The president, one observer says, 'is not good at the visceral transactions of politics.'
President Barack Obama and his daughters, Malia, left, and Sasha, watch on television as First Lady Michelle Obama takes the stage to deliver her speech at the Democratic National Convention, in the Treaty Room of the White House, Tuesday night, September 4, 2012 in Washington, D.C.
There still are Kennedy Democrats; there are Clinton Democrats. There are fewer Obama Democrats.
This reflects more the president's style than his substance; he's in the mainstream of his party, so popular that any primary challenge was out of the question.
Yet he remains strangely unfamiliar to some core constituencies.
If Barack Obama is re-elected, the biggest challenge won't be ideological: He's not the left-winger his opponents depict. The economy will be the dominant issue, events will shape others.
Instead, it may be personal, his political persona. Be it Democratic politicians or members of Congress, campaign contributors or business leaders, there is a common refrain: Obama doesn't much identify with us, or even much respect what we do.
His relationship with most Democratic members of Congress lies somewhere between correct and cold. They believe that personal political loyalties are not an Obama priority.
What makes this more than an insider's game is that successful presidents -- Franklin D. Roosevelt, Lyndon Johnson (domestically), Ronald Reagan and Bill Clinton -- cultivated and established real political relationships.
Could a re-elected Obama improve in this essential element of presidential leadership?
There is no one more knowledgeable than David Maraniss, who wrote the best biography of him, "Barack Obama: The Story," which traces the 44th president's family background and life through his late 20s. He has a unique appreciation of his subject's strengths and frailties, and of his psyche.
"Obama," Maraniss says, "is mischaracterized as aloof. It's more a self-imposed detachment. He's not good at the visceral transactions of politics."
The author sees two conflicting sides to Obama. There is the writer-anthropologist "who looks at the surreal aspects of the game of politics. He doesn't want to buy into that game completely. To be fully engaged makes him uncomfortable sometimes." The other side is a "fiercely competitive" man who appreciates what it takes to succeed and understands history.
When first elected, Obama supposedly sought to secure his personal and political identity by emulating Abraham Lincoln's "Team of Rivals," enlisting political opposites to his inner circle. This included making Hillary Clinton, whom he defeated in a hotly contested 2008 primary contest, his secretary of state and keeping on Defense Chief Robert Gates, who served in that capacity under Obama's Republican predecessor, George W. Bush.
Today, the "Team of Rivals" is more appearance than reality. "He thought it was a great idea and ever since he's backtracked, he didn't really do it," Maraniss says. When top appointments are made, the paramount consideration usually is how the people fit the president's "comfort" zone.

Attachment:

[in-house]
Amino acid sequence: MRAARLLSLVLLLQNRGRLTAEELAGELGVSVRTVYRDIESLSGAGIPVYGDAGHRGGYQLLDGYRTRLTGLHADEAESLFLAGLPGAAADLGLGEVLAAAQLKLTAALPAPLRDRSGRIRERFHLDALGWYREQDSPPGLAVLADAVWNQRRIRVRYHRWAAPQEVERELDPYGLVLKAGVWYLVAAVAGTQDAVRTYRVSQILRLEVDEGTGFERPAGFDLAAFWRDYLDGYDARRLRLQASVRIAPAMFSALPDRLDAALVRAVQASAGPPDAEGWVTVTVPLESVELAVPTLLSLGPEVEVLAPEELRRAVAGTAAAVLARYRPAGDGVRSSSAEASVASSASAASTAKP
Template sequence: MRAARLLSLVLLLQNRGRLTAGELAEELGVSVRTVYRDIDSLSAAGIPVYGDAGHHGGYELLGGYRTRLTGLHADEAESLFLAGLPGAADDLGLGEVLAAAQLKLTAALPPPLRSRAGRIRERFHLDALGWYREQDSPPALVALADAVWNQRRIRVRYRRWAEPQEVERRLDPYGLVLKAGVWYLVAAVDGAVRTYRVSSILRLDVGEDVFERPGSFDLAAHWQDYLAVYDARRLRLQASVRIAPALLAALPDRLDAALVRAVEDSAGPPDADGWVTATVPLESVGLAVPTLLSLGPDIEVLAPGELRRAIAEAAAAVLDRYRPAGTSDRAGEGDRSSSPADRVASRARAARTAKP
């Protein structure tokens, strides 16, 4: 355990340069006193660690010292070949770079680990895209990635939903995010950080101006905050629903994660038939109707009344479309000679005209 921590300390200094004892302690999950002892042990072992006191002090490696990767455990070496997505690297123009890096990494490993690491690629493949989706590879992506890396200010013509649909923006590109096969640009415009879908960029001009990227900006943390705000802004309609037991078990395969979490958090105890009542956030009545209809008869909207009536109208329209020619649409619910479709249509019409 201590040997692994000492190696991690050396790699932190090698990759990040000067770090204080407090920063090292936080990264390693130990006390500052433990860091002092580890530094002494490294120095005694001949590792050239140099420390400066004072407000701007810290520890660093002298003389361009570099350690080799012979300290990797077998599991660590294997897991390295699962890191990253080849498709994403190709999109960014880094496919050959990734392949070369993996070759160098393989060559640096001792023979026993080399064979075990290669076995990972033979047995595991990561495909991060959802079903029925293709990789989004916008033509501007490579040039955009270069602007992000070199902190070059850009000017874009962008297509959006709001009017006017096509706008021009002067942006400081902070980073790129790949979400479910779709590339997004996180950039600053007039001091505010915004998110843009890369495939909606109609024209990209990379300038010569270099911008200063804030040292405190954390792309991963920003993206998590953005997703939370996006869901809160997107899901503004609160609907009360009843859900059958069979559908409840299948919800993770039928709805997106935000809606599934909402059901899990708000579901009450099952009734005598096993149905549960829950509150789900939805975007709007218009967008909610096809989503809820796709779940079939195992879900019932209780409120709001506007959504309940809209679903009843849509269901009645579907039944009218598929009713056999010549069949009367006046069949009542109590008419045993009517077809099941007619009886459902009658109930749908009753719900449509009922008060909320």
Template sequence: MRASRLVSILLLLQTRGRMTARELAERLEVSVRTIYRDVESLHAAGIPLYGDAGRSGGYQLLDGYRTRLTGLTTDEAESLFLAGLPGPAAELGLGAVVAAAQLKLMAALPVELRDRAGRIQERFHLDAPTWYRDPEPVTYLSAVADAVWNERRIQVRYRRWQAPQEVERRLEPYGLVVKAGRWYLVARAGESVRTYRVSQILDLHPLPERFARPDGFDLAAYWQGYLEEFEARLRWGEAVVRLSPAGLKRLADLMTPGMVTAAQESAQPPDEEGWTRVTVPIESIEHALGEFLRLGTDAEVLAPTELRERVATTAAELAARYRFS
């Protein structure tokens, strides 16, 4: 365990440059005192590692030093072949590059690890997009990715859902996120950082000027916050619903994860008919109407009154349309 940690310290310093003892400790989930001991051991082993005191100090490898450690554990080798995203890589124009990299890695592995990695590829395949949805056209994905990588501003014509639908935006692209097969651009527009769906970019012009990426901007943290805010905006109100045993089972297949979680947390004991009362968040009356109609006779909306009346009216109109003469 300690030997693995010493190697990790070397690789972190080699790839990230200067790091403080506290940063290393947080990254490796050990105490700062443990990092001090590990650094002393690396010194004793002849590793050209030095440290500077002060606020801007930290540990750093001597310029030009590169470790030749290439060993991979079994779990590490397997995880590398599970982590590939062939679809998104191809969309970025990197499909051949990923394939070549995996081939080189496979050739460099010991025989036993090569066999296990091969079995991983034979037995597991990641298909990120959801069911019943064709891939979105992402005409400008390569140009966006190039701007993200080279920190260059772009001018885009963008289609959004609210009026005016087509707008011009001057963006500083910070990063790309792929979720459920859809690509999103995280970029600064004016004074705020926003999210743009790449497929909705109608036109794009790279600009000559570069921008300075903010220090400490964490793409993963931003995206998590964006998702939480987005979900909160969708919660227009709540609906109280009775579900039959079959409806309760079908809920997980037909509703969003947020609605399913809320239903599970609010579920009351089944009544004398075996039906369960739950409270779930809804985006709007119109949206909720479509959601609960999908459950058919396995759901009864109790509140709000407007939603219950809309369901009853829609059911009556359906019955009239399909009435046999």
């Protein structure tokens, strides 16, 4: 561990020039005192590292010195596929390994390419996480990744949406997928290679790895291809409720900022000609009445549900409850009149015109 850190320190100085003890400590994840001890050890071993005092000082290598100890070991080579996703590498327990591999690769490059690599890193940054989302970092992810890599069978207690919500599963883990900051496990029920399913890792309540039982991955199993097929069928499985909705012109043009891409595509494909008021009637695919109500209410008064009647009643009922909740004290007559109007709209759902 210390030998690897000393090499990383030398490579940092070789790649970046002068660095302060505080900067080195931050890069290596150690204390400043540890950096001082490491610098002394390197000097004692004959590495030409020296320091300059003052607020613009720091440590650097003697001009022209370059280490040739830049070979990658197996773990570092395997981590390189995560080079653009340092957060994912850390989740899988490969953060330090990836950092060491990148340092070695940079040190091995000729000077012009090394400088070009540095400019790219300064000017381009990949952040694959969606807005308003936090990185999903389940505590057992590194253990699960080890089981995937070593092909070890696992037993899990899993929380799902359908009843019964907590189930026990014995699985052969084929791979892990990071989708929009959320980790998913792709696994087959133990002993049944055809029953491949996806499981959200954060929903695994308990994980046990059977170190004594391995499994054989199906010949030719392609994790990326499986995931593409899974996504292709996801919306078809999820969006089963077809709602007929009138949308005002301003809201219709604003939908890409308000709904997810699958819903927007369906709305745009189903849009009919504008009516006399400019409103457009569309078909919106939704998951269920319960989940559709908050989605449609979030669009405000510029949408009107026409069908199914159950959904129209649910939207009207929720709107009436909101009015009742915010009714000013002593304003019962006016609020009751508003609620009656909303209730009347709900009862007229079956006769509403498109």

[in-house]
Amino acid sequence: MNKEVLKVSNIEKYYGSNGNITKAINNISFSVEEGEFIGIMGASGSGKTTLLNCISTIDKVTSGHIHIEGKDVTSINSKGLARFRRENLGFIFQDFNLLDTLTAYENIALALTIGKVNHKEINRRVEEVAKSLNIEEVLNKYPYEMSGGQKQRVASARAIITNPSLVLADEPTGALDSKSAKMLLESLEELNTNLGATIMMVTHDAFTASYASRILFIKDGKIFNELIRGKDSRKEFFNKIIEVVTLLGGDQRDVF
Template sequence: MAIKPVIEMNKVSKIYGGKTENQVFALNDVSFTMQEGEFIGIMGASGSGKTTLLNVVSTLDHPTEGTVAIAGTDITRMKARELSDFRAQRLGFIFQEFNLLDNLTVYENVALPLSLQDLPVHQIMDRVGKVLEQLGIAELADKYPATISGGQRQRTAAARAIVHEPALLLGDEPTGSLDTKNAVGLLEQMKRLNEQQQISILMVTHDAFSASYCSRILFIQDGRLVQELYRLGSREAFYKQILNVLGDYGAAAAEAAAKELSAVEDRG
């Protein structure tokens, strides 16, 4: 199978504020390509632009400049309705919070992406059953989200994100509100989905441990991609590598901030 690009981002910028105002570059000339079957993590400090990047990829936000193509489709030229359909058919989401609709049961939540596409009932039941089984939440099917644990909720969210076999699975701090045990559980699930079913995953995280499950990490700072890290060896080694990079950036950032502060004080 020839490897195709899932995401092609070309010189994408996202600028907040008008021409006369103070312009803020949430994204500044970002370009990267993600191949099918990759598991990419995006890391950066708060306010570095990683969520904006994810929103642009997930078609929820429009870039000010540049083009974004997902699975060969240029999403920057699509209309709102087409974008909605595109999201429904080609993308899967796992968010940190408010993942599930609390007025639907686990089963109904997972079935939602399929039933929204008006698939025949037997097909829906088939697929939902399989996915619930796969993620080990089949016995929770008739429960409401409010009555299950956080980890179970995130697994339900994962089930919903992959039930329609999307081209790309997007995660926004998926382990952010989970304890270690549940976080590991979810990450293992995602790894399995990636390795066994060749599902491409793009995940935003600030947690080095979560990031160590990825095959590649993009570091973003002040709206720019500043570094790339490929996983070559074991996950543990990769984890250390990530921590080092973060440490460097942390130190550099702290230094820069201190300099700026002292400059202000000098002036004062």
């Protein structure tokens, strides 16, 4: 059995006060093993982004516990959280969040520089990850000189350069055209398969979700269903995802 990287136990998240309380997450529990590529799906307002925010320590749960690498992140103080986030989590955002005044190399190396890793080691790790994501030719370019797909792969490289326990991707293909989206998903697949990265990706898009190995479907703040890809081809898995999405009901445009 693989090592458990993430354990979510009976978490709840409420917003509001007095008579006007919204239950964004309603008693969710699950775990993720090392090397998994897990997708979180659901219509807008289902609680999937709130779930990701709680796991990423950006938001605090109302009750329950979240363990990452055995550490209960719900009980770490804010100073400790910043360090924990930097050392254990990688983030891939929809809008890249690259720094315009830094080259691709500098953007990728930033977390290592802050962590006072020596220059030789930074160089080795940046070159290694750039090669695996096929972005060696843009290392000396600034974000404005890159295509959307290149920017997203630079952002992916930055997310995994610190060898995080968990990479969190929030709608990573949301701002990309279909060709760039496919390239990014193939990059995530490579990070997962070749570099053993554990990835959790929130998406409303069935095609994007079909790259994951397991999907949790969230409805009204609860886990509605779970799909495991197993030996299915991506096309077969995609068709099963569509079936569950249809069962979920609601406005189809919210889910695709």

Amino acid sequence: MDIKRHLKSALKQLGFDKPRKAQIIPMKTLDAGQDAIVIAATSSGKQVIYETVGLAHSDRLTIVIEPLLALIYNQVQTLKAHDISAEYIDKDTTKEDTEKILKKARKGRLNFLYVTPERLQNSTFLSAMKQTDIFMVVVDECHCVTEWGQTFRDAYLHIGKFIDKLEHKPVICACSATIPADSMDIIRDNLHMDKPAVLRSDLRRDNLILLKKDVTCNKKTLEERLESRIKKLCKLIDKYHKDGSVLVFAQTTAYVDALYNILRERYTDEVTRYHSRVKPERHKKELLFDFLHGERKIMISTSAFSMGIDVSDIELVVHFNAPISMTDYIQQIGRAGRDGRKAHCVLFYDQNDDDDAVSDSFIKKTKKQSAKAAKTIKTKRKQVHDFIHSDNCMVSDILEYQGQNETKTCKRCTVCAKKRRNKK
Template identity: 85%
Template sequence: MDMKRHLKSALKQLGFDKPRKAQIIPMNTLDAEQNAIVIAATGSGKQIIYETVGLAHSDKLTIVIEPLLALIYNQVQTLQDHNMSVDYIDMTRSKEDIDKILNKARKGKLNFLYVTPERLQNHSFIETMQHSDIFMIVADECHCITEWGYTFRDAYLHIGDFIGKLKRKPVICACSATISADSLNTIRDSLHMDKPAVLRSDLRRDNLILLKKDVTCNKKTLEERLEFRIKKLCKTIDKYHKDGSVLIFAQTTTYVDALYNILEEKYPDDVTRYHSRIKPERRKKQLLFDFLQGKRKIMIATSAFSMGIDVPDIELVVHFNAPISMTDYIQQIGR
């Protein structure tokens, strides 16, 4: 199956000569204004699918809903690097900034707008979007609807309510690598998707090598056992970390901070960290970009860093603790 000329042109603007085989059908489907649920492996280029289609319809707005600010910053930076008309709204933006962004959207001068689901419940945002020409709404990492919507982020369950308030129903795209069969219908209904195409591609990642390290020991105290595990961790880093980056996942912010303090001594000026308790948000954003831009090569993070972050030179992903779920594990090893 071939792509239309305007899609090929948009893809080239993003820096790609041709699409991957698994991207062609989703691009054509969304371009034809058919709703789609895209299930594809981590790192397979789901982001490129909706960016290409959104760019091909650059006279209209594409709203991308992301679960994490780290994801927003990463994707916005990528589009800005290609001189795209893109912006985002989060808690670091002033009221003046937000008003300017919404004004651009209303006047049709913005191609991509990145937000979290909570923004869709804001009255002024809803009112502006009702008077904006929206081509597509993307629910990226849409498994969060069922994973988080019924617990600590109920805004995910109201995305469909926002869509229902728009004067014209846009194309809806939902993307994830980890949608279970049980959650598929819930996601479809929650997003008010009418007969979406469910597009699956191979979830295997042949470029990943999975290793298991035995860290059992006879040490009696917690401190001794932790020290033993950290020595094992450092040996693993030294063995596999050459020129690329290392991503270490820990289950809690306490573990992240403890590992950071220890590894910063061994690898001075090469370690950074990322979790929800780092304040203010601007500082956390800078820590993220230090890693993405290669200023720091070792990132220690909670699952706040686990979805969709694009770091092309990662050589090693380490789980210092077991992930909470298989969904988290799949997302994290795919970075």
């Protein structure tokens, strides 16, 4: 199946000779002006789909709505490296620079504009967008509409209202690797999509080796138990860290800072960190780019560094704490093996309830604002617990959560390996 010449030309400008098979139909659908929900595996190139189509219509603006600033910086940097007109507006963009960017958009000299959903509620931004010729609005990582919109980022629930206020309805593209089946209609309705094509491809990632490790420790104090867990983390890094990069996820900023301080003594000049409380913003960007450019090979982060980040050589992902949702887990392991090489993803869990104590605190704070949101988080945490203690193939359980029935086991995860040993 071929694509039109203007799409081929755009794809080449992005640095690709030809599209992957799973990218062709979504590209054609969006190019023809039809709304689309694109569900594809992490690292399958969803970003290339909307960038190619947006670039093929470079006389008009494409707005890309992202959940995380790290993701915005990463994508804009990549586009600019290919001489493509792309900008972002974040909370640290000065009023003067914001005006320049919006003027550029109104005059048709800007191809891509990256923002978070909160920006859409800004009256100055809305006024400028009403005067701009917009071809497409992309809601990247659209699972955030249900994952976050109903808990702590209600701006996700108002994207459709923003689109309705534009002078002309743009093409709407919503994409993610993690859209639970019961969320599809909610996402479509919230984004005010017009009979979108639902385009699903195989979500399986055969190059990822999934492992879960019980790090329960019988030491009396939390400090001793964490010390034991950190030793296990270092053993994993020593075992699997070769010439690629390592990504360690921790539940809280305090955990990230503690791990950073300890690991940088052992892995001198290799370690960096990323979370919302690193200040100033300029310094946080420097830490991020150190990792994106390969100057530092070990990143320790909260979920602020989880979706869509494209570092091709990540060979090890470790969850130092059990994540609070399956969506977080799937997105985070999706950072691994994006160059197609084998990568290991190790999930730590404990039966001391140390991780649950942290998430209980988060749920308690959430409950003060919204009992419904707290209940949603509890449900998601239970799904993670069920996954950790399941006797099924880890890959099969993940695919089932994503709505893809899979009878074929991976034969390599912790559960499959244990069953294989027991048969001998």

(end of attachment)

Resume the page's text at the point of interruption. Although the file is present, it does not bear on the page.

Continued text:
Congressional Republicans have been unyieldingly partisan; still the president only goes through the motions of dealing with them.
In any second term, he's likely to face divided government, split public opinion, a lack of any clear mandate, and the need to make critical appointments, starting with state and Treasury. That calls for the promise of Obama, not the personal performance of late.
Historian Doris Kearns Goodwin, who wrote the book on Lincoln and his "Team of Rivals," and has spent time with Obama, says there are precedents for presidents who have changed. FDR, in his third term, facing a global war, reached out to adversarial Republicans such as Frank Knox, to be his secretary of the Navy, and made Henry Stimson his secretary of war.
Moreover, Roosevelt, who because of his Machiavellian proclivities relished playing people off one another, was straightforward with the key figures in his third term such as British Prime Minister Winston Churchill and the top generals.
Goodwin says political polarization may make it even tougher for Obama than it was for FDR. Republicans were furious that Stimson and Knox joined Roosevelt's administration; today's Republicans may hate Obama, especially if he is re-elected, even more than their forerunners hated FDR.
Still, she sees possibilities. "The president," she says, "needs to use his keen analytical mind to look at what worked and what didn't work in the first term. He needs to see how and who he spent time with and how he allocated that time."
Without predicting what he would do, she believes there can be "an enormous sense of comfort" that comes with a re-election that enables a president to stretch.
Historical analogies are a reach, though they aren't without interest.
Jeb Bush, the former governor of Florida, noted the other day that he had just finished reading the fourth installment of Robert Caro's epic biography of Lyndon Johnson. He thought of the contrast with Obama.
"Johnson," Bush says, "would have grabbed people by the shoulders, ears, head. He would have convinced John Boehner that it was his patriotic duty to step up. He would have charmed whoever was the guy who needed to be charmed, or the gal, to get the budget done."
Obama may not be capable of the personal engagement of a LBJ or FDR. Still, Maraniss believes, more than most politicians or most people, he has "throughout his life shown a capacity to learn and grow and change."
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